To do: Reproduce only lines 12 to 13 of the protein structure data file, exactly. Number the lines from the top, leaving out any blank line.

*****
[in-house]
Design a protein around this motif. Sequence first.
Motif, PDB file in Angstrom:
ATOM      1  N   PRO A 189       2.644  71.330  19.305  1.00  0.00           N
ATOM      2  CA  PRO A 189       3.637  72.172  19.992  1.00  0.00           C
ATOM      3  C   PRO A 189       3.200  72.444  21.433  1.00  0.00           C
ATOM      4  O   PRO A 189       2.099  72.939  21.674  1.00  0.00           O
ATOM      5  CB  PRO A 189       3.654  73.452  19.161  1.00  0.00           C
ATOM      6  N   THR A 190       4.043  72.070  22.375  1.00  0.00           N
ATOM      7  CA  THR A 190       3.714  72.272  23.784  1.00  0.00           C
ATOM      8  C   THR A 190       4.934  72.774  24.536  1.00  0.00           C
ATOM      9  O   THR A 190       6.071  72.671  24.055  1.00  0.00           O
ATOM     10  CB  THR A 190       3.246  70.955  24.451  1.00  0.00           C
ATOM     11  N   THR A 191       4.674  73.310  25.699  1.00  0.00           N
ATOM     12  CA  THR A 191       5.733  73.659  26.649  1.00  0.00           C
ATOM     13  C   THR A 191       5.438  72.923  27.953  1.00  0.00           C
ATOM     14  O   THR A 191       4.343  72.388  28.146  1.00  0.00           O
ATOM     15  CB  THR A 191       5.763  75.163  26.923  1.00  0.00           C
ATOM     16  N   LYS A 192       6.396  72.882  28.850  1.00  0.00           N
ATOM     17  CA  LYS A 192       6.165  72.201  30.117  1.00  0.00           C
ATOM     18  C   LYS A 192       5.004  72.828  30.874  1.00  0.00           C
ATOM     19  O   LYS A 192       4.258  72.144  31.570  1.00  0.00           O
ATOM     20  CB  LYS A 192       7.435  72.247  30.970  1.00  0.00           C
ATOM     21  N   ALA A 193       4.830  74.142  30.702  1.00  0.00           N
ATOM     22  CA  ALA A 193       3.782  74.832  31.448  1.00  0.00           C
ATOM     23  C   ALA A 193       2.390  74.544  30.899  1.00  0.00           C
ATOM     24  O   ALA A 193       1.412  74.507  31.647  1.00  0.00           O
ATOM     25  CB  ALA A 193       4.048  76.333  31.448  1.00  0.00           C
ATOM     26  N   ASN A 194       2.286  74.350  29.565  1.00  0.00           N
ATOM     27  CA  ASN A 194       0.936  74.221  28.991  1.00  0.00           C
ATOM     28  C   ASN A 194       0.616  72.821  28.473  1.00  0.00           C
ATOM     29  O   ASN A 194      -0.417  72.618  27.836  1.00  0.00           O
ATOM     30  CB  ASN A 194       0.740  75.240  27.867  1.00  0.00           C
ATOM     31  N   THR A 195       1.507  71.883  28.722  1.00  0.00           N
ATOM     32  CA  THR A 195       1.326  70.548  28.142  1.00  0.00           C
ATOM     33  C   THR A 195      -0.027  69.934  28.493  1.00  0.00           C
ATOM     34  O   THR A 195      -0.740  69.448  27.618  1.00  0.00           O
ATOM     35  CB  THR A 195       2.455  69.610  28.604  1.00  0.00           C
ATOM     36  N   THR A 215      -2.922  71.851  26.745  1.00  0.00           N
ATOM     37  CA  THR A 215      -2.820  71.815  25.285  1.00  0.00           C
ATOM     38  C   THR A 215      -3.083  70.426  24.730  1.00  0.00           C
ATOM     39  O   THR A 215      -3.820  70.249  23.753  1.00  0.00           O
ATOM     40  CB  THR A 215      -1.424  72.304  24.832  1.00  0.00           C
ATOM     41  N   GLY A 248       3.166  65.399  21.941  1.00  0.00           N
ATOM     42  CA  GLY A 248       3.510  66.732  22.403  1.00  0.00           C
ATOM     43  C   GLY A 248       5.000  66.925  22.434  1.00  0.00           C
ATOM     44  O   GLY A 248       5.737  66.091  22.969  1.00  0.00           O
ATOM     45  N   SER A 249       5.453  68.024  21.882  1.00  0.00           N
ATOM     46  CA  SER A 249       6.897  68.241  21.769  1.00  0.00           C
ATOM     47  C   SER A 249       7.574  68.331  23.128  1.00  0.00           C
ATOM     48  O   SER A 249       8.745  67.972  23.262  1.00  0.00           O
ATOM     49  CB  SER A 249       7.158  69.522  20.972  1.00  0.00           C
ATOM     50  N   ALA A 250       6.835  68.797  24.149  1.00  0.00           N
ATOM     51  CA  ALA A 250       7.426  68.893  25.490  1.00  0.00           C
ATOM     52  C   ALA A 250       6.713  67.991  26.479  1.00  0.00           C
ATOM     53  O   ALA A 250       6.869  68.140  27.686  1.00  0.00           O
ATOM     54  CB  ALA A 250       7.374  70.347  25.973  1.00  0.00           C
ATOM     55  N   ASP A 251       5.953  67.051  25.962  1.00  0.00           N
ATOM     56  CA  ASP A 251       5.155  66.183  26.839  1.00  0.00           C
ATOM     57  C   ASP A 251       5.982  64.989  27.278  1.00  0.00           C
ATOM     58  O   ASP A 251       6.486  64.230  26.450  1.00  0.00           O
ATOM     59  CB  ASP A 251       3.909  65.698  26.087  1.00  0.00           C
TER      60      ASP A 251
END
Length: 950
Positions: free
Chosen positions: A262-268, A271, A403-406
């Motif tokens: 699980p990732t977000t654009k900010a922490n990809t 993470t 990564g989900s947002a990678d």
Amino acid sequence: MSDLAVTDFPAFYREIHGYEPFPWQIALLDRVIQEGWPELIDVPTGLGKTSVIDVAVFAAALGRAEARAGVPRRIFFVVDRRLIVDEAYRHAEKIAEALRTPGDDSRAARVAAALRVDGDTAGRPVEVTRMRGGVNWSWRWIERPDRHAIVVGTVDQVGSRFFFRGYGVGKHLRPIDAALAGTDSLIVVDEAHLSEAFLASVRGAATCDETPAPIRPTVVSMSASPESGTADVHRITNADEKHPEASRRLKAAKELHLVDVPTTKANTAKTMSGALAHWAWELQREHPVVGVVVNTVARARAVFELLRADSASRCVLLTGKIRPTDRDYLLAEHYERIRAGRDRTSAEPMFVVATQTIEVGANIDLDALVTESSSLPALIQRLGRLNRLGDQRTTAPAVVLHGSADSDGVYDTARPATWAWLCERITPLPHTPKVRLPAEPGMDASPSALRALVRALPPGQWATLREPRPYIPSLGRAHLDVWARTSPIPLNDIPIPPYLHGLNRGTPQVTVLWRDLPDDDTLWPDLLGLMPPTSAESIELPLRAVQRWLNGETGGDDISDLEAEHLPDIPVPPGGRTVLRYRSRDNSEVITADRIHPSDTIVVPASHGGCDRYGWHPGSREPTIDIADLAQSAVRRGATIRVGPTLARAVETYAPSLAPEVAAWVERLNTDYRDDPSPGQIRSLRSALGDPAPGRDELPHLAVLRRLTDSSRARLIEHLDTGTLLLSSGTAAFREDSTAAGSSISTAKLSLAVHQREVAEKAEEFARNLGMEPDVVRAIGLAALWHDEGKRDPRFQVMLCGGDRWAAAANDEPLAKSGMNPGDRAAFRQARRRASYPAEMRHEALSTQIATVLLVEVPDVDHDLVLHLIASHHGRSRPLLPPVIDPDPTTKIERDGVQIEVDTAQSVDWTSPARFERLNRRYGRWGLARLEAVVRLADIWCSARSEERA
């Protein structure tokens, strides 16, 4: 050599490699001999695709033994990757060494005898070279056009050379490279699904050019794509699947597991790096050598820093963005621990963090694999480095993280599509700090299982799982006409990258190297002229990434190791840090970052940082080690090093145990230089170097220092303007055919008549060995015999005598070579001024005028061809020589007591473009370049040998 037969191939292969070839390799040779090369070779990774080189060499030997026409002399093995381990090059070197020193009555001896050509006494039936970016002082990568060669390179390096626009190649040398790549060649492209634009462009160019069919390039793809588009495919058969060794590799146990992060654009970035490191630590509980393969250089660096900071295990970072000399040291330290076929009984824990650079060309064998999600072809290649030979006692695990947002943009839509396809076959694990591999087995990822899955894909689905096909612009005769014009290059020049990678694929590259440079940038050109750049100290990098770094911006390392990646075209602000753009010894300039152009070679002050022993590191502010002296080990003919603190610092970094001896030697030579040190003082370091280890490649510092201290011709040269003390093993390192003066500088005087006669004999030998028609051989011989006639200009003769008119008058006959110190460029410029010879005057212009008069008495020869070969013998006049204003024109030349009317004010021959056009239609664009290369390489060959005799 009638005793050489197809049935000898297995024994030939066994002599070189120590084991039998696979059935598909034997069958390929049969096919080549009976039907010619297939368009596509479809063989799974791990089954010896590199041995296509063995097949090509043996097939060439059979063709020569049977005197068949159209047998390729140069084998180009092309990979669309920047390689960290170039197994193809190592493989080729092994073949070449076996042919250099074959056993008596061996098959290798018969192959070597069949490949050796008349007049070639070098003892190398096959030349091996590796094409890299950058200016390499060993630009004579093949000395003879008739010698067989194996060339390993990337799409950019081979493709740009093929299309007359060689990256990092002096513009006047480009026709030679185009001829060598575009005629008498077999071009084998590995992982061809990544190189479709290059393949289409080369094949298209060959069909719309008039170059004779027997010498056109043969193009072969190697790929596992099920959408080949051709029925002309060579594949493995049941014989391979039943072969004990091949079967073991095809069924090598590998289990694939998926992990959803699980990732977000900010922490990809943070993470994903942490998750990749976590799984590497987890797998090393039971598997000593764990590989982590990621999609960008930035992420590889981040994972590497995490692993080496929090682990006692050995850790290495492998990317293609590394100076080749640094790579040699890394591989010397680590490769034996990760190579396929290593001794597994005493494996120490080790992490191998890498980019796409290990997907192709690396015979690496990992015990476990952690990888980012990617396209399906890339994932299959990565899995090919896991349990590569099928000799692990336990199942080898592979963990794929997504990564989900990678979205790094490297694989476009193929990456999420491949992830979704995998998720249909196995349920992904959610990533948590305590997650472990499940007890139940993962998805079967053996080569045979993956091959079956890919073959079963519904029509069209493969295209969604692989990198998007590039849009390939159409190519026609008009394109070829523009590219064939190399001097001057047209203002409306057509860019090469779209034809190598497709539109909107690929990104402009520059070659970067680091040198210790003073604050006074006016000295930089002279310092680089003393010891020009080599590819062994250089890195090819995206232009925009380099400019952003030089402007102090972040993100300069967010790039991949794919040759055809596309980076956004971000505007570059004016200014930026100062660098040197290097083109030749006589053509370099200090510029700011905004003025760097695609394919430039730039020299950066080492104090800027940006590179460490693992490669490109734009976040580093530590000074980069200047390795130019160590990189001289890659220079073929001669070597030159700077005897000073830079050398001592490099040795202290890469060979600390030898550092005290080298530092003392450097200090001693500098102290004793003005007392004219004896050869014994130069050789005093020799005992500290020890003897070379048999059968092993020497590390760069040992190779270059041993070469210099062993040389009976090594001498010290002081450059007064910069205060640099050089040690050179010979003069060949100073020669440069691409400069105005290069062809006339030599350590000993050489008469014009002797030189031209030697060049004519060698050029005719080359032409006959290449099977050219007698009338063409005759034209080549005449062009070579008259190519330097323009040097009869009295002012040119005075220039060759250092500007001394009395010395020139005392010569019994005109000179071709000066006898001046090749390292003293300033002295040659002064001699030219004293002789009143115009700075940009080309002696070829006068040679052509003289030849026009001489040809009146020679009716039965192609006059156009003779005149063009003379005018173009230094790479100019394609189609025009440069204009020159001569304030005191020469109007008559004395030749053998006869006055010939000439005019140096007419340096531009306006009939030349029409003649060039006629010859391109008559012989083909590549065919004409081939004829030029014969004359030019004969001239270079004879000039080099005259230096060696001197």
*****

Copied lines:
ATOM      9  O   THR A 190       6.071  72.671  24.055  1.00  0.00           O
ATOM     10  CB  THR A 190       3.246  70.955  24.451  1.00  0.00           C